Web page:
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Christopher White, a forty four year old Lowell, Massachusetts man is facing charges of Possession of Child Pornography and Distribution of Child Pornography following the execution of a Search Warrant at his Jackson Street home. Authorities allege that a search of White’s computer revealed somewhere around twenty five thousand images of child pornography. The article is silent as to how the police were led to White’s home and the basis for the application for the search warrant. The case is currently pending in the Lowell District Court however if the district attorney elects to pursue the distribution charges the matter must be prosecuted in the Middlesex County Superior Court in Woburn or Lowell.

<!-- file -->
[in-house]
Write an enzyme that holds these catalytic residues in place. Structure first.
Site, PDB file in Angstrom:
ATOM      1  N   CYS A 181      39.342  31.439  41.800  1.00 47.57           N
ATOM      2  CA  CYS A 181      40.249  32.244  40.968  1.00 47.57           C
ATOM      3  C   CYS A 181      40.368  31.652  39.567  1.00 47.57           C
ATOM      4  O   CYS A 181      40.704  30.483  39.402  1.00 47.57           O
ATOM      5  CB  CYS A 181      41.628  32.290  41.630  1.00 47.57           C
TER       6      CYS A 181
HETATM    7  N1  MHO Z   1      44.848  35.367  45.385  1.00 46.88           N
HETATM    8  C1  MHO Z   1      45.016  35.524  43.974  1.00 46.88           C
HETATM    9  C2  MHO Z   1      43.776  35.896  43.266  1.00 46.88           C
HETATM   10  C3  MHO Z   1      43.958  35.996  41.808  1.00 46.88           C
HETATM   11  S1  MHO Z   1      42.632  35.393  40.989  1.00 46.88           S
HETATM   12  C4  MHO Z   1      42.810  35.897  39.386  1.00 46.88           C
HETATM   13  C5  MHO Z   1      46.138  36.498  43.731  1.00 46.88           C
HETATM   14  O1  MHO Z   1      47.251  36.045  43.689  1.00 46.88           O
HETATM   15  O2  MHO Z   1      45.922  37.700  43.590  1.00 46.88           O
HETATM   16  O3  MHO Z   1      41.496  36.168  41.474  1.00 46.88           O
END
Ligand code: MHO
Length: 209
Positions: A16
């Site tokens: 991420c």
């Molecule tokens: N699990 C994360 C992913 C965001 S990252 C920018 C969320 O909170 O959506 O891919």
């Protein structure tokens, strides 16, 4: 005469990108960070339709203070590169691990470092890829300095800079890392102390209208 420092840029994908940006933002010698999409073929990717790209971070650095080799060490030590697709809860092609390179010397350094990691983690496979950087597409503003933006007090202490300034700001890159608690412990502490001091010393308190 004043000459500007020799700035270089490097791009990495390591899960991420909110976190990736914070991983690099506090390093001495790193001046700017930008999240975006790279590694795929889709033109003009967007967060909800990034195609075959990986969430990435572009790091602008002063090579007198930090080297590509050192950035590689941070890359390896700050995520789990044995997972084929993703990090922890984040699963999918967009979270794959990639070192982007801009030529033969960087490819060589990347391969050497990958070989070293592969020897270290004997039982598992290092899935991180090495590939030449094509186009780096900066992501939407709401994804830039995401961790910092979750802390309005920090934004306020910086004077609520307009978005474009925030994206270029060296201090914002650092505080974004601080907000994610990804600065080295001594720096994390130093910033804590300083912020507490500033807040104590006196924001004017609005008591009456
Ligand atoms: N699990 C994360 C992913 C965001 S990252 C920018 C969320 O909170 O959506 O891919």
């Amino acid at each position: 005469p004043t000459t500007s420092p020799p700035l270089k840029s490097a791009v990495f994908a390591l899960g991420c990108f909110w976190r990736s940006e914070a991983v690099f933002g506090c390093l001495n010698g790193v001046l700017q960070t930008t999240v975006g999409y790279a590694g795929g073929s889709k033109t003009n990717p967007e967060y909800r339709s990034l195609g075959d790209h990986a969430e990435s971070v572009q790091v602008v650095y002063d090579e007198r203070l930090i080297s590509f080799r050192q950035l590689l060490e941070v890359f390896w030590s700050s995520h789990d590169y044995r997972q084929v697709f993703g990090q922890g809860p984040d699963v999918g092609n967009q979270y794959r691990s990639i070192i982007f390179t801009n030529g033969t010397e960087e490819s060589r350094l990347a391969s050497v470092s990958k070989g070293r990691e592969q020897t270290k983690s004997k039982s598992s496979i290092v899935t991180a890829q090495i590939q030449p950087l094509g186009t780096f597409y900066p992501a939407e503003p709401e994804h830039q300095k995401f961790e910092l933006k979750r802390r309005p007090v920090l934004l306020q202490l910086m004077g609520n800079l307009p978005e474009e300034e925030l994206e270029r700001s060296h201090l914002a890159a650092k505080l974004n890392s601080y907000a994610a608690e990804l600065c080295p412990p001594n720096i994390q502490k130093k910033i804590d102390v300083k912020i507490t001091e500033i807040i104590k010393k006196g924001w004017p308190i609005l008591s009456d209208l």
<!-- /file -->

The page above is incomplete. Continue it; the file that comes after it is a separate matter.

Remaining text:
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Lowell, Massachusetts Child Pornography Defense Law Firm

Lawyers Defending Obscene Material Charges in Massachusetts

This article says very little about the strengths and weaknesses of the district attorney’s case against White. The simple execution of a search warrant leading authorities to unlawful acts does not come close to satisfying the prosecution’s burden of sustaining a case like this one. There must be something linking the defendant, in this case White, to the illicit material.

Here is something to think about when looking at this case. Did White have any roommates? Was the computer secure? In other words did someone need a password to get into it or was the device accessible to anyone who had access to the home? How did law enforcement learn that activity like this was taking place? Was there some sort of file sharing such as peer to peer networking involved? The answers to these questions can determine whether or not the prosecution can survive preliminary challenges.